Iron and Steel Foundry and Machine Companies, 1850-1950
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This page was last updated on November 15, 2019.
(This is a work in progress; research continues.)
Information about the foundries and machine shops in Utah, 1850 to 1950, that helped form Utah's industrial base, especially the mines, mills, and factories. These were the companies that make machines that make machines. They make "big iron" that keeps industry going.
As a side note, the railroads in Salt Lake City (Union Pacific, and Rio Grande) had their own foundries and machine shops. In Ogden, Southern Pacific and Union Pacific shared a large shop facility until 1927, when UP built a new roundhouse and back shop, leaving SP in the previously shared facility.
The Silver Brothers shop was in Salt Lake City. Their address was 540 West Seventh South. Although Silver Brothers itself is gone, that original building is still there, with numerous additions that were added over the years.
The Silver Brothers Iron Works began with William J. Silver, an early Mormon pioneer, born in London, England, who founded one of the earliest foundries and machine shops in Utah. The company created many significant works, such as the cast oxen for the Salt Lake City LDS Temple and the iron fence surrounding the Brigham Young cemetery. Silver's three sons took over the company and renamed it the Silver Brothers Iron Works and began to manufacture machinery for Utah's sugar beet industry.
The steam engine for the Kate Connor lake boat was built by William J. Silver at his Silver Iron Works in Salt Lake City. Mr. Silver had come to Utah in 1859 and had opened his iron works "three years later" in 1862. He built the first steam engine in the territory, and he also built the first steam engine to be used on Great Salt Lake. The boat was called the "Kate Connor" and was built for General P. E. Connor. In 1893, when he bought the old Sun Foundry in Provo and put it into operating condition, Silver was the only member of the American Society of Mechanical Engineers in the Utah territory. In later years, Silver Iron Works became Silver Brothers Iron Works, being managed by Silver's three sons, John, Hyrum and Joseph. William Silver was born in London, England, came to Utah in 1859 and died at age 86 on November 6, 1918. (Daily Enquirer, June 6, 1893; Salt Lake Herald, May 6, 1897; Salt Lake Mining Review, November 15, 1918)
July 24, 1897
"One of the important manufacturing enterprises of Salt Lake City, and one which has added much to the prosperity of the city, is the iron works of Silver Bros., 149 West North Temple street. The plant is one of the largest in the West and is thoroughly equipped in every particular." "The Silver brothers manufacture steam engines, boilers, mining, milling, smelting machinery and implements. They also manufacture building fronts and other iron work for large buildings. In the line of general machine work this firm is prepared to undertake contracts of any nature, simple of intricate." "The business was established in 1863 by Mr. W. J. Silver, the present firm succeeding him. The members of the firm are Messrs. Joseph A., Hyrum A. and John A. Silver. They came to Salt Lake in 1859 when in boyhood." (Deseret Evening News, July 24, 1897)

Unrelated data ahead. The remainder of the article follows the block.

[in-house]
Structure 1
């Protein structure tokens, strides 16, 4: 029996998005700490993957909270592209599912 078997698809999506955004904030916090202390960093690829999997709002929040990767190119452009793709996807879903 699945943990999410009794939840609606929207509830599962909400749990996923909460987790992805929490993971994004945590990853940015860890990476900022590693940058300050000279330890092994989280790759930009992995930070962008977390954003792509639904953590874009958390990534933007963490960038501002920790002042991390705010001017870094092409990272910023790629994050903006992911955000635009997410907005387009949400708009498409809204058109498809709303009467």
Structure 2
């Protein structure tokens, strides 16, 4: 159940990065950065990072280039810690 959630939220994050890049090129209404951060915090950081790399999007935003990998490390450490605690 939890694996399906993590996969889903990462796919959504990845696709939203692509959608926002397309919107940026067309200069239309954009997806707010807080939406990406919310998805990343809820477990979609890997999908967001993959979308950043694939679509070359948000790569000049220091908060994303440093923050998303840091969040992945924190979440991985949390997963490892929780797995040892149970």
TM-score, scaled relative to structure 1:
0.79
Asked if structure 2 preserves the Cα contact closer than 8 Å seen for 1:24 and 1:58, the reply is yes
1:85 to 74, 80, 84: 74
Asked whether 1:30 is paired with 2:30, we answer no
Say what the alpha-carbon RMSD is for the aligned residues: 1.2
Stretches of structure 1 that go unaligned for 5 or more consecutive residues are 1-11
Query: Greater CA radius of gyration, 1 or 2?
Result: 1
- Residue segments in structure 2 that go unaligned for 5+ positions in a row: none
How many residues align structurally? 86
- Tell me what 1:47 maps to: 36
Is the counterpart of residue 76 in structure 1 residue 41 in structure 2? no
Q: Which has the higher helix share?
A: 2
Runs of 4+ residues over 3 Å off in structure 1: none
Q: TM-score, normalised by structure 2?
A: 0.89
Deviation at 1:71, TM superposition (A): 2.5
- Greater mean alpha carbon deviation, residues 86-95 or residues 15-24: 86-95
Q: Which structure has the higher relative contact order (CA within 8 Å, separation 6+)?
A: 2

In 1898, the Silver Brothers Iron Works Company, Salt Lake City, Utah, was incorporated to manufacture machinery structural iron and steel work. John A. Silver was president, Hyrum A. Silver vice-president and Joseph A. Silver treasurer, secretary and manager.
June 15, 1899
"At the Silver Brothers Iron works company Manager Joseph A. Silver was so busy that he could hardly take time to tell The Review what his company had been doing during the past two weeks, but it was learned that during this period the concern had filled an order for a friction drum for the Swansea company; a beet wheel for the Utah Sugar company, a mining cage for the Victoria mine, ten ore cars for the Grand Central, besides which 30,000 pounds of casting had been turned out for the Highland Boy smelter." (Salt Lake Mining Review, June 15, 1899)
Silver Brothers moved from their location on West North Temple street, to a larger location at 7th South and 5th West (today's 600 West). (Salt Lake Herald, November 5, 1915)
August 18, 1912
The first steel made in Utah was by Silver Brothers in 1912. Silver Brothers was where Copper Belt sent its wrecked Shays for repairs on at least three occasions.
Silver Brothers Iron and Foundry Works was reorganized in November 1915 as the Salt Lake Iron & Steel Co., with members of the Silver family still as members of the board. James W. Silver was to be general manager of the new company. The articles of incorporation were to be filed "today." (Salt Lake Herald, November 5, 1915)
(John A. Silver died on March 22, 1916.)
The reorganization of the company was due to debt and other losses. One of the grandsons of the original William J. Silver, James Watson Silver, although named as general manager, left the company in May 1916 and moved to Ogden and founded the Ogden Iron Works, which manufactured machinery for the sugar beet and mining industries. He was apparently the last of the Silver family associated with the former Silver brothers company, after Joseph A. Silver retired earlier in 1916. Ogden Iron Works went out of business in 1991.